Does Tim Cook Need to Do A Better Job of Publicly Asserting Himself?

Apple CEO Tim Cook is an interesting person. He marched his way to the top of Apple's corporate ladder through hard work and an uncommon intelligence that Steve Jobs, one of the most highly respected chief executives in history, respected. Tim Cook was able to earn the job that countless people around the globe would love to have. And he did it with grace and respect for his predecessor.

But since his tenure as Apple's chief executive, Cook has done little to be like his predecessor. Cook doesn't like to gloat about the current state of affairs at Apple, and design is not necessarily something that he thinks constantly about. When he holds keynote addresses or events for the press, Cook is content to offer up only some information, and then leave the big product announcements to his executives.

Even in his calls with investors or interviews with the media, Cook plays a downplayed rule, deciding to allow his company's strong performance to do the talking. It's a significant departure from his predecessor's tack, and something that has taken some getting used to for the millions of Apple fans around the globe.

But given Apple's recent troubles and the fact that Samsung and Google are increasingly causing trouble for Cook, might it be a good time for some change? Apple might still be the most important technology company in the world, but it's in no way the dominating presence that it once was. And much of that seems to be due to Cook's leadership.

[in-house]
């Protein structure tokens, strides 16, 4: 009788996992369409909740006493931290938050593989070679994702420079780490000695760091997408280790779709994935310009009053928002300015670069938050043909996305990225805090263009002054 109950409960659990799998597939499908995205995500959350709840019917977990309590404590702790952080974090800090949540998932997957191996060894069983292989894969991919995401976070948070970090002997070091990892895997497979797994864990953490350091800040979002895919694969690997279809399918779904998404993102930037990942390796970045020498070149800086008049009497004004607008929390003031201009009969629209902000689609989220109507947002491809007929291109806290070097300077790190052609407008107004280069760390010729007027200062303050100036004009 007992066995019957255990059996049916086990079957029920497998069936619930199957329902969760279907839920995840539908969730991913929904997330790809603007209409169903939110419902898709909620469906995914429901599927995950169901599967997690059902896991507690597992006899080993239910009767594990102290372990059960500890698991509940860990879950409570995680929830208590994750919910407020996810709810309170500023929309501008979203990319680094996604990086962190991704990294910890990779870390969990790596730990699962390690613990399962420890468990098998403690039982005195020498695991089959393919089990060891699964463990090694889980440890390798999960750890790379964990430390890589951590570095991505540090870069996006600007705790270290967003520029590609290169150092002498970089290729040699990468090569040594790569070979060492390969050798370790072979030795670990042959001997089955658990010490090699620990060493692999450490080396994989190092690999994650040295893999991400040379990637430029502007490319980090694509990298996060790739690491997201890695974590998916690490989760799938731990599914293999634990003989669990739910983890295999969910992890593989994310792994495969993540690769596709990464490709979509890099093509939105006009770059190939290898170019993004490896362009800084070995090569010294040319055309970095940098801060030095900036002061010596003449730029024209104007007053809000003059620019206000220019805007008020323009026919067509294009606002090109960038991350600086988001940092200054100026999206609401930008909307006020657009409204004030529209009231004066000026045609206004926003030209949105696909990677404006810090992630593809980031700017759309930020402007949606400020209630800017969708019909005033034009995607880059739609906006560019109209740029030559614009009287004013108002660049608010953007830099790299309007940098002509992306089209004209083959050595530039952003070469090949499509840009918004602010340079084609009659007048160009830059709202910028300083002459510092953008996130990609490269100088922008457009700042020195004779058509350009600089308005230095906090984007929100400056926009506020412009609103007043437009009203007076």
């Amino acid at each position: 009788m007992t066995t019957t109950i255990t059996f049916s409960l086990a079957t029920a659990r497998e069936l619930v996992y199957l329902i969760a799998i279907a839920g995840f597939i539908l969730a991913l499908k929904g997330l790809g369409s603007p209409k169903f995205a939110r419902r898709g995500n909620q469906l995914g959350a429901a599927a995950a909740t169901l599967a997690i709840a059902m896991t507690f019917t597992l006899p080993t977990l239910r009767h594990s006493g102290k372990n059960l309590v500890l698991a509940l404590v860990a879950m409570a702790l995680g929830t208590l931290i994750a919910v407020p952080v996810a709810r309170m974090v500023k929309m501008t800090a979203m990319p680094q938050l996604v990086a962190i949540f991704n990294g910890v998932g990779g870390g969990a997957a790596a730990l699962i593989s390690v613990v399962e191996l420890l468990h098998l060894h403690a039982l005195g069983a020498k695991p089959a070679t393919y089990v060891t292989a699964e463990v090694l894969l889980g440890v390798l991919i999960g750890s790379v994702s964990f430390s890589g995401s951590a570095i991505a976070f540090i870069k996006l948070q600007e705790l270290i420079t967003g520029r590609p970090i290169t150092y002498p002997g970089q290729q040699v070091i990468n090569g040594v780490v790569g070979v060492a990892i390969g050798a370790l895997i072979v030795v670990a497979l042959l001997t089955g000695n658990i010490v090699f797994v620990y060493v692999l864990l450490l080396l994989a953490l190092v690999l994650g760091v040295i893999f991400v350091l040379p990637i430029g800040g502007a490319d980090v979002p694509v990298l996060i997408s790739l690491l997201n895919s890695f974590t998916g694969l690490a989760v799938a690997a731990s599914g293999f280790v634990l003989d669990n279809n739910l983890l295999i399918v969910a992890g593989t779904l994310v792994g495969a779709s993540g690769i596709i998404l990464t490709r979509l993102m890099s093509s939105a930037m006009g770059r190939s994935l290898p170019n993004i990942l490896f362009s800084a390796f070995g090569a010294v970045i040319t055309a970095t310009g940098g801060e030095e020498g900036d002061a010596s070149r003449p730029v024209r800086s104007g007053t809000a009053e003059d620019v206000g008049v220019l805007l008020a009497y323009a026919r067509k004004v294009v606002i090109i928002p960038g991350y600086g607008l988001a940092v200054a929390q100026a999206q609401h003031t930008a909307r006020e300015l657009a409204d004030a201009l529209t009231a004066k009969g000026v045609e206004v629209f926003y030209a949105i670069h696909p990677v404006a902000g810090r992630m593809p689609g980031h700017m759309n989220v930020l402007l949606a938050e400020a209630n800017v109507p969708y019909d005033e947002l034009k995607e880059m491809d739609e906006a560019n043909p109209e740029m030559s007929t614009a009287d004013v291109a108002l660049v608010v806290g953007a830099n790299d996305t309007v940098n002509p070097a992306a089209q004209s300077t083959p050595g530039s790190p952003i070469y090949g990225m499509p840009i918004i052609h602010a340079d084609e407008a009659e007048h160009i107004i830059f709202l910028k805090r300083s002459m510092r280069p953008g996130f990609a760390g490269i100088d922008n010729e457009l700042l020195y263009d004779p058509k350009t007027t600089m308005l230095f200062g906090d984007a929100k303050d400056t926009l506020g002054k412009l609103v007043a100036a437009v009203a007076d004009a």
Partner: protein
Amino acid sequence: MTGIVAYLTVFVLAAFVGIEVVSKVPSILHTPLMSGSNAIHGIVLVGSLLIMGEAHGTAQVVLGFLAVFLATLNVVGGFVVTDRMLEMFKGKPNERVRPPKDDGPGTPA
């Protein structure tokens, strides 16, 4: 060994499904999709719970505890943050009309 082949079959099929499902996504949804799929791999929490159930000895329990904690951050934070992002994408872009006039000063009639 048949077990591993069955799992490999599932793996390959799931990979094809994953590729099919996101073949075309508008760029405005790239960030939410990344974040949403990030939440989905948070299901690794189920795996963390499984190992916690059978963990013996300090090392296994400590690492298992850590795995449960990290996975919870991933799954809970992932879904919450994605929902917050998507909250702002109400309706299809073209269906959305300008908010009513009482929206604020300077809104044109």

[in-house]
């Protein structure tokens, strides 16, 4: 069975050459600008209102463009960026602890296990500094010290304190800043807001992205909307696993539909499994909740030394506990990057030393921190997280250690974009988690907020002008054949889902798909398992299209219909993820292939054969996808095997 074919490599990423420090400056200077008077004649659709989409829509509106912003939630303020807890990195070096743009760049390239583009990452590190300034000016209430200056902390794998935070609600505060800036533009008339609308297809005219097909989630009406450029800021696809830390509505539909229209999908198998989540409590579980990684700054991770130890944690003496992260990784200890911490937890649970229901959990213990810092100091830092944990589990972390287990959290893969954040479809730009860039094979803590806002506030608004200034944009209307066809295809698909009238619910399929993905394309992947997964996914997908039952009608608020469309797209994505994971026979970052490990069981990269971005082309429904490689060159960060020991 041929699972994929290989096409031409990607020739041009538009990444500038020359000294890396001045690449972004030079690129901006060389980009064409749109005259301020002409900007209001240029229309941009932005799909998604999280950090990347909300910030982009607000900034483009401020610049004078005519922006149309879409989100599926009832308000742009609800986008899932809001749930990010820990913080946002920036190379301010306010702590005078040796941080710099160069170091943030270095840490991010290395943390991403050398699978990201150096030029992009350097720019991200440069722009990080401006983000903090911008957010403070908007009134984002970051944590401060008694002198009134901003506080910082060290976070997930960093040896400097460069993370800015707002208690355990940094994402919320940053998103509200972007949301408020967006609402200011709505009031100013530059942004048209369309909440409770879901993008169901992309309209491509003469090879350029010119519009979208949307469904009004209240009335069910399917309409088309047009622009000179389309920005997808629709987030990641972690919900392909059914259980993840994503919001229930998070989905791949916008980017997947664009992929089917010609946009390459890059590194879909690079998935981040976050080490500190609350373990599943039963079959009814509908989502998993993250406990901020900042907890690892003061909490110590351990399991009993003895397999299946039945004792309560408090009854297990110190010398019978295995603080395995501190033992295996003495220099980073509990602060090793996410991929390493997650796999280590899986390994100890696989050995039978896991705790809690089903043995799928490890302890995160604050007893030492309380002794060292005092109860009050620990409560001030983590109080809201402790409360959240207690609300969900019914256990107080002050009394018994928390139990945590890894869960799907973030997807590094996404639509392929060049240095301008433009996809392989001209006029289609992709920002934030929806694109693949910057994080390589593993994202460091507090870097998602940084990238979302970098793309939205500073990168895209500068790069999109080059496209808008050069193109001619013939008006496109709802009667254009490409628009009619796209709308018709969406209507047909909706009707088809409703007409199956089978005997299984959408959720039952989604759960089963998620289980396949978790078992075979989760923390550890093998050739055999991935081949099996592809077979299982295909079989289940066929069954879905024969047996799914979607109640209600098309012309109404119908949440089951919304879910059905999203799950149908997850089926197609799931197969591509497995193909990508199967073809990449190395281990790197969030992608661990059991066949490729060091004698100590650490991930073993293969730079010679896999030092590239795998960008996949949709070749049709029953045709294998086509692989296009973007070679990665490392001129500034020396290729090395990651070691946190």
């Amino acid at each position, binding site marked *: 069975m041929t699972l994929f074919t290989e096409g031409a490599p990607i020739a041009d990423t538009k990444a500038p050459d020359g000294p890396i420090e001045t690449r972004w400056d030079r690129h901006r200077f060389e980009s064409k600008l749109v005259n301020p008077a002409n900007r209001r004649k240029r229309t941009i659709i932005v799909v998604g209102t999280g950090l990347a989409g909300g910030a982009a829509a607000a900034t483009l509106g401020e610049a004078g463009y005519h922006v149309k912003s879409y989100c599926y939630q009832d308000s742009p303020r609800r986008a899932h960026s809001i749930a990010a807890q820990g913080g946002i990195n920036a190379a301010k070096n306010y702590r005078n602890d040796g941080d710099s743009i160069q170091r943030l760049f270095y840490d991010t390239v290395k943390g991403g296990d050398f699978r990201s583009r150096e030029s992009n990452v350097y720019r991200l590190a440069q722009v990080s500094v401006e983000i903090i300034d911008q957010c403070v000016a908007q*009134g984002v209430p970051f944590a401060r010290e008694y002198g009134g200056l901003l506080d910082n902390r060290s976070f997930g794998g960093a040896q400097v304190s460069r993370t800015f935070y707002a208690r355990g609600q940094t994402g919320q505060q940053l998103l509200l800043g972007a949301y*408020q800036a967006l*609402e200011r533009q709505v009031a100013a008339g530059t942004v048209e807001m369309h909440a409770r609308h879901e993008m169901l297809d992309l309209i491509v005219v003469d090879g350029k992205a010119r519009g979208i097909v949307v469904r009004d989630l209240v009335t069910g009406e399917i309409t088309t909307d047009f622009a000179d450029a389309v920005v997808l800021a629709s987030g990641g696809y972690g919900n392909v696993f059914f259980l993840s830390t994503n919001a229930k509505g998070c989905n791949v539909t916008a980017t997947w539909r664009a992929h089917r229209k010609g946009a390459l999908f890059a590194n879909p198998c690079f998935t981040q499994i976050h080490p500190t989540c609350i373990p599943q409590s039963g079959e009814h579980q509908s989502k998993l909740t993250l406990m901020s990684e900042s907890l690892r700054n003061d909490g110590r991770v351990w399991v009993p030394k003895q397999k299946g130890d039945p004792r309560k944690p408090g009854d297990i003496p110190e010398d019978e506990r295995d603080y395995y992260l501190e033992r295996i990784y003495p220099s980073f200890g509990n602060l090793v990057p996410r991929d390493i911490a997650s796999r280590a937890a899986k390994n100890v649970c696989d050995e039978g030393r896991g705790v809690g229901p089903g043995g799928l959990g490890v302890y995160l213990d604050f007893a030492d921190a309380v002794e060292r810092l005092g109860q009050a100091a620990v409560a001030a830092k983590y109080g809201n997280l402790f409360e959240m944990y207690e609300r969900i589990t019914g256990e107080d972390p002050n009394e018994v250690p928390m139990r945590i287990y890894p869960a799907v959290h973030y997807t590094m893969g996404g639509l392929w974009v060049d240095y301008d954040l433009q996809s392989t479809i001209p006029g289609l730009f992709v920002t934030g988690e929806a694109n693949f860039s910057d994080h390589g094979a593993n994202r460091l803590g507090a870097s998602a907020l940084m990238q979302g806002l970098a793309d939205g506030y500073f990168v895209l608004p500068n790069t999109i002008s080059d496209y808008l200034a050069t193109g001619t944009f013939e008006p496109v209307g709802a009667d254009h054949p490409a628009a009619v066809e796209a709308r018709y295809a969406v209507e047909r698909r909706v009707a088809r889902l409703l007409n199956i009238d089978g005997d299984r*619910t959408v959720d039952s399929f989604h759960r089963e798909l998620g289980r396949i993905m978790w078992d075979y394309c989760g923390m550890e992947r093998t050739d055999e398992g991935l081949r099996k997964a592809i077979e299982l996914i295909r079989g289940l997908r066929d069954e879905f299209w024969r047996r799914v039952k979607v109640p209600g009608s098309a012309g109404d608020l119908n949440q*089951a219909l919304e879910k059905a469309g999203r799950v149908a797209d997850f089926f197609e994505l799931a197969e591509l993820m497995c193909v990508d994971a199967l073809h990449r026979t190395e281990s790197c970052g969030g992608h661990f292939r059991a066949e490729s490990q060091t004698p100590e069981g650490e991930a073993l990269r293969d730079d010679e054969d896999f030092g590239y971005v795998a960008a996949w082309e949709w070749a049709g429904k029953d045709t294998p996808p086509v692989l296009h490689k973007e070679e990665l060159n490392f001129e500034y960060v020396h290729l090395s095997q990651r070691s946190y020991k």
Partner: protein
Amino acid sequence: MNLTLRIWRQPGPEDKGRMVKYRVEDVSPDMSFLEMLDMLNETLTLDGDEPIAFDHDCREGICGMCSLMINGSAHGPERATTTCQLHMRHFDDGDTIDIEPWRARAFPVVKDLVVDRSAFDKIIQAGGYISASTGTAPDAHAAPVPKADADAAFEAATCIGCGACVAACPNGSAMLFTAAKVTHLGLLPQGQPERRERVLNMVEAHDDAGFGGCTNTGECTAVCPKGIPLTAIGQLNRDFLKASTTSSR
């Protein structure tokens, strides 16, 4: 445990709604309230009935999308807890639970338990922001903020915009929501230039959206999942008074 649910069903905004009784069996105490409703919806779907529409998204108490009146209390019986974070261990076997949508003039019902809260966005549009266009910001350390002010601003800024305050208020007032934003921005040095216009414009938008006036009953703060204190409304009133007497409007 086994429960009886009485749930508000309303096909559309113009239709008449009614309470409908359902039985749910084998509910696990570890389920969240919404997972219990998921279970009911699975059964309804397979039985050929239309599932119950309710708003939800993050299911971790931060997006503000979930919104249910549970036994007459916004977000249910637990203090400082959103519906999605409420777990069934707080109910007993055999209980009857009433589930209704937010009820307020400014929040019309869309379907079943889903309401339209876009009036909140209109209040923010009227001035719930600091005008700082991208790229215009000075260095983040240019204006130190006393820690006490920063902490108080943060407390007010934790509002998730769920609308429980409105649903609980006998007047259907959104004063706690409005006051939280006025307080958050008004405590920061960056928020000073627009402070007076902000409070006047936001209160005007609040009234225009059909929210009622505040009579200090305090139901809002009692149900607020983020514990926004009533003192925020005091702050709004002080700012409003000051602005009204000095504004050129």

[aquote]That's not to say Cook is not a good leader[/aquote]

Now, that's not to say that Tim Cook is not a good leader. As we've seen in recent quarters, Apple's sales and profit figures are hitting new heights, and his shareholders appear to be happy with his performance. But since Cook took over, Apple has lost something. The things that made the company so compelling in the first place are now a shadow of their former selves. And it might have everything to do with who is sitting in the CEO's chair.

The problem is, Tim Cook doesn't have the charisma or the attitude that Steve Jobs had. Part of Apple's success was due to Jobs willingly telling anyone that would listen that his company was best. And when given the chance to show off the latest and greatest product, it was Jobs who captivated audiences, not his executives.

Tim Cook's more subdued role might prove to be a mistake in the grand scheme of things. Apple seems to be a company that needs to have a chip on its shoulder. And Cook is lacking that certain chip.

The truth is, Apple is slipping. The company that was once the only dominant force in several markets is looking like one of a few competitors. Apple doesn't appear to have the same air about it that it once did. And that might be due to Tim Cook's desire to be, well, less Steve Jobs-like. But if you ask me, he needs to be more like Steve Jobs.